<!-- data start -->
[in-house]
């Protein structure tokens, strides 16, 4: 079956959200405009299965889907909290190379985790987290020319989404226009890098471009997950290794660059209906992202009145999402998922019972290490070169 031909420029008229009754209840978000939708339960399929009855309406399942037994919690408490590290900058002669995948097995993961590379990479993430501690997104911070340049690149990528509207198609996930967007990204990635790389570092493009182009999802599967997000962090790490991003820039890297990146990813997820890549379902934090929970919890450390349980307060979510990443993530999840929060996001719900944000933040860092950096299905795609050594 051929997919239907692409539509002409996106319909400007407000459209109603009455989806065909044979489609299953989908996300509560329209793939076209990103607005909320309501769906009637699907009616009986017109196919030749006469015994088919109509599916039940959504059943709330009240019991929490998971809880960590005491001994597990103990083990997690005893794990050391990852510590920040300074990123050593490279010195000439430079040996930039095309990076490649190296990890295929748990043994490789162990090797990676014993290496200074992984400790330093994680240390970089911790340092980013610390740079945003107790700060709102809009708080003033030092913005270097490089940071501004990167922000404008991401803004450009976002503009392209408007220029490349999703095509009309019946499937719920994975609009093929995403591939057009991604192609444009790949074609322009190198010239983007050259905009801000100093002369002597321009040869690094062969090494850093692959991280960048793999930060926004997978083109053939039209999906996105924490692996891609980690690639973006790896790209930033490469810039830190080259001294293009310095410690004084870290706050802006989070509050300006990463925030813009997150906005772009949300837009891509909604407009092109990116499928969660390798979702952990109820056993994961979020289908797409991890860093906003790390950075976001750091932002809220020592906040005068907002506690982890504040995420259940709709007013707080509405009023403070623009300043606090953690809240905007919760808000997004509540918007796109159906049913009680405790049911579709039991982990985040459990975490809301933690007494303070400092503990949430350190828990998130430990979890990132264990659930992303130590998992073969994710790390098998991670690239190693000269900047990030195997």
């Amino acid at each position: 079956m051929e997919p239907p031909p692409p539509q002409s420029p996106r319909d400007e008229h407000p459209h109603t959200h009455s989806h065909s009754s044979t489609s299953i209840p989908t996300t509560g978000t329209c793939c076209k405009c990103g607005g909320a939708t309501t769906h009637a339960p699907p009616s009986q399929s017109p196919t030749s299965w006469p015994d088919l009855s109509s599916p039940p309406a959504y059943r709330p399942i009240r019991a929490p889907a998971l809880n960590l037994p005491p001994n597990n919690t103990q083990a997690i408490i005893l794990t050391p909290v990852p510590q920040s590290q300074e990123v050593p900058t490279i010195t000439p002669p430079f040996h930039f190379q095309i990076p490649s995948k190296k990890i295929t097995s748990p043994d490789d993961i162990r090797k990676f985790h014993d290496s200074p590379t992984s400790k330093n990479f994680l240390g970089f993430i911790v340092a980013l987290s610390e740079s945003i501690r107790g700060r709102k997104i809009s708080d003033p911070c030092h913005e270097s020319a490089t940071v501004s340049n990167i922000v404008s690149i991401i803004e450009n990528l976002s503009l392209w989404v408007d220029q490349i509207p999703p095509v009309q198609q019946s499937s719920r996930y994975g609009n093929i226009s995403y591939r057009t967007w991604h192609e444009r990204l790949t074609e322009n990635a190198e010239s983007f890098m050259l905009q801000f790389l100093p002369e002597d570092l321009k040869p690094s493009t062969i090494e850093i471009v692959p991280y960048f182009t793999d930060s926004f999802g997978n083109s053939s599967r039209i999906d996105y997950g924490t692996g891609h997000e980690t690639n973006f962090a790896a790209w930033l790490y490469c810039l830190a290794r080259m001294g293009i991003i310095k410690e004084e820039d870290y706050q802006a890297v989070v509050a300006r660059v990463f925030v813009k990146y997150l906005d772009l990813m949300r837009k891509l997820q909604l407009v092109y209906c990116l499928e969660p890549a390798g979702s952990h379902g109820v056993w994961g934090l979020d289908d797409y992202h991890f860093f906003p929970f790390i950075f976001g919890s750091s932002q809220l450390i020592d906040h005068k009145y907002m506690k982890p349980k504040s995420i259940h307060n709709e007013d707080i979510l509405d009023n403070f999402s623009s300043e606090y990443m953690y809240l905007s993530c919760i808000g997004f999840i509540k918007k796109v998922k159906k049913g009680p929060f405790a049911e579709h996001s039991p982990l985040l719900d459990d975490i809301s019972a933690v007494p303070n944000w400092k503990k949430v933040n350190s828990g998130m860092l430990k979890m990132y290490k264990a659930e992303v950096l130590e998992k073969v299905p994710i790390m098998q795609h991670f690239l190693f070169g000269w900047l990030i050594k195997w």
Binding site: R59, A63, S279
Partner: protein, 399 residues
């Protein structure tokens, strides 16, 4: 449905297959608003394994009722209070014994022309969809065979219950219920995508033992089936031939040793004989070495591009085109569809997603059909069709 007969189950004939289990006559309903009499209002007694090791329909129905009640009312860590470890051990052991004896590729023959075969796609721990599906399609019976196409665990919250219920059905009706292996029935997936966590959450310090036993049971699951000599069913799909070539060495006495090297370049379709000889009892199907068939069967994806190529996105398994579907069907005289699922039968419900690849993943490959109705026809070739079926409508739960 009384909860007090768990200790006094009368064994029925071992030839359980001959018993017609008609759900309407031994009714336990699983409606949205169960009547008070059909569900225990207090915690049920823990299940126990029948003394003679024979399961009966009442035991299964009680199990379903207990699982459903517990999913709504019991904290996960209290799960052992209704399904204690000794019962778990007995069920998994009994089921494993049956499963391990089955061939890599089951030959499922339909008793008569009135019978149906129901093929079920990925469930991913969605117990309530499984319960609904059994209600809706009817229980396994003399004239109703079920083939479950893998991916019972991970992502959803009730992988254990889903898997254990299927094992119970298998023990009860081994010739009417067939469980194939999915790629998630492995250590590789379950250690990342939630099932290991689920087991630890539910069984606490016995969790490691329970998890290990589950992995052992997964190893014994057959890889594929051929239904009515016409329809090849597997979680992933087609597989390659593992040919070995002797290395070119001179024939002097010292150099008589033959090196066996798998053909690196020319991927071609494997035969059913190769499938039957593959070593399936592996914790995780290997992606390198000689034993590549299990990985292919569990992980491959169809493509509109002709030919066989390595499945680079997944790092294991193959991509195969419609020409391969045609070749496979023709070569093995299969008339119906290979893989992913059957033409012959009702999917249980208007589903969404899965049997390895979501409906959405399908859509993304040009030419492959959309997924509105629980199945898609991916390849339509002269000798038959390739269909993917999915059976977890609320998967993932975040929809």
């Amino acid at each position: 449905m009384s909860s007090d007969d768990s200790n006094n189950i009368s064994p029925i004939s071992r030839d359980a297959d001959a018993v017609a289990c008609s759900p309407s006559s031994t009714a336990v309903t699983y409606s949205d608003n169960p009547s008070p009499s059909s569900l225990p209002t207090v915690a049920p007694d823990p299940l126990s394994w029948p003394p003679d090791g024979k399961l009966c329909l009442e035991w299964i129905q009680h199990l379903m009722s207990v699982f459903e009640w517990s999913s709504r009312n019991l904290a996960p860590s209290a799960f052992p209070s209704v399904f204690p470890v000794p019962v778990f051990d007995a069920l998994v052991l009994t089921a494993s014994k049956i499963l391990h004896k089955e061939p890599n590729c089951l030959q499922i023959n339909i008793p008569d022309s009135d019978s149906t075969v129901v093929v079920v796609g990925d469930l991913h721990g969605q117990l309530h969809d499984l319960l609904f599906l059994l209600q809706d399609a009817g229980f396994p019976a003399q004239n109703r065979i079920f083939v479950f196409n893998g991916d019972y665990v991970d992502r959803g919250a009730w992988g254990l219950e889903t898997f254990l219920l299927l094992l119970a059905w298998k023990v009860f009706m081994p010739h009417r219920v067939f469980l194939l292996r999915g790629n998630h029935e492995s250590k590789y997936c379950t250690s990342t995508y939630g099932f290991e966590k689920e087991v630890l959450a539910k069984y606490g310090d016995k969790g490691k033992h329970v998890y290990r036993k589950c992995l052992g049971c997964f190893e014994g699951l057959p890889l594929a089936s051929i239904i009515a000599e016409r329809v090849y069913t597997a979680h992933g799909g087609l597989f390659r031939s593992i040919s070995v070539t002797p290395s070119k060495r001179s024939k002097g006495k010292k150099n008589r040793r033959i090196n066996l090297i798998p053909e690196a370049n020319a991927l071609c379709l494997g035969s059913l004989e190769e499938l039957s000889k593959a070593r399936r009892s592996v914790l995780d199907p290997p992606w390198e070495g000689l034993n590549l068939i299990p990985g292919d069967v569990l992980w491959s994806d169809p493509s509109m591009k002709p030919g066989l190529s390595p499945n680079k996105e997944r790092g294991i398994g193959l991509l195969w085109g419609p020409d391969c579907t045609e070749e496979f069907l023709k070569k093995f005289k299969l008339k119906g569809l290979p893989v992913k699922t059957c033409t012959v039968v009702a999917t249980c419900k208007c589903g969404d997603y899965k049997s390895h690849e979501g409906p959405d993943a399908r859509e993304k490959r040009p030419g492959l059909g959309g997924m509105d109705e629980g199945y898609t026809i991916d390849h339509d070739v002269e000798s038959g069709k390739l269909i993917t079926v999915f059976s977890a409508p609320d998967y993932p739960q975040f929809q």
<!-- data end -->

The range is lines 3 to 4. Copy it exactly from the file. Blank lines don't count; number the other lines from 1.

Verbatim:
């Amino acid at each position: 079956m051929e997919p239907p031909p692409p539509q002409s420029p996106r319909d400007e008229h407000p459209h109603t959200h009455s989806h065909s009754s044979t489609s299953i209840p989908t996300t509560g978000t329209c793939c076209k405009c990103g607005g909320a939708t309501t769906h009637a339960p699907p009616s009986q399929s017109p196919t030749s299965w006469p015994d088919l009855s109509s599916p039940p309406a959504y059943r709330p399942i009240r019991a929490p889907a998971l809880n960590l037994p005491p001994n597990n919690t103990q083990a997690i408490i005893l794990t050391p909290v990852p510590q920040s590290q300074e990123v050593p900058t490279i010195t000439p002669p430079f040996h930039f190379q095309i990076p490649s995948k190296k990890i295929t097995s748990p043994d490789d993961i162990r090797k990676f985790h014993d290496s200074p590379t992984s400790k330093n990479f994680l240390g970089f993430i911790v340092a980013l987290s610390e740079s945003i501690r107790g700060r709102k997104i809009s708080d003033p911070c030092h913005e270097s020319a490089t940071v501004s340049n990167i922000v404008s690149i991401i803004e450009n990528l976002s503009l392209w989404v408007d220029q490349i509207p999703p095509v009309q198609q019946s499937s719920r996930y994975g609009n093929i226009s995403y591939r057009t967007w991604h192609e444009r990204l790949t074609e322009n990635a190198e010239s983007f890098m050259l905009q801000f790389l100093p002369e002597d570092l321009k040869p690094s493009t062969i090494e850093i471009v692959p991280y960048f182009t793999d930060s926004f999802g997978n083109s053939s599967r039209i999906d996105y997950g924490t692996g891609h997000e980690t690639n973006f962090a790896a790209w930033l790490y490469c810039l830190a290794r080259m001294g293009i991003i310095k410690e004084e820039d870290y706050q802006a890297v989070v509050a300006r660059v990463f925030v813009k990146y997150l906005d772009l990813m949300r837009k891509l997820q909604l407009v092109y209906c990116l499928e969660p890549a390798g979702s952990h379902g109820v056993w994961g934090l979020d289908d797409y992202h991890f860093f906003p929970f790390i950075f976001g919890s750091s932002q809220l450390i020592d906040h005068k009145y907002m506690k982890p349980k504040s995420i259940h307060n709709e007013d707080i979510l509405d009023n403070f999402s623009s300043e606090y990443m953690y809240l905007s993530c919760i808000g997004f999840i509540k918007k796109v998922k159906k049913g009680p929060f405790a049911e579709h996001s039991p982990l985040l719900d459990d975490i809301s019972a933690v007494p303070n944000w400092k503990k949430v933040n350190s828990g998130m860092l430990k979890m990132y290490k264990a659930e992303v950096l130590e998992k073969v299905p994710i790390m098998q795609h991670f690239l190693f070169g000269w900047l990030i050594k195997w």
Binding site: R59, A63, S279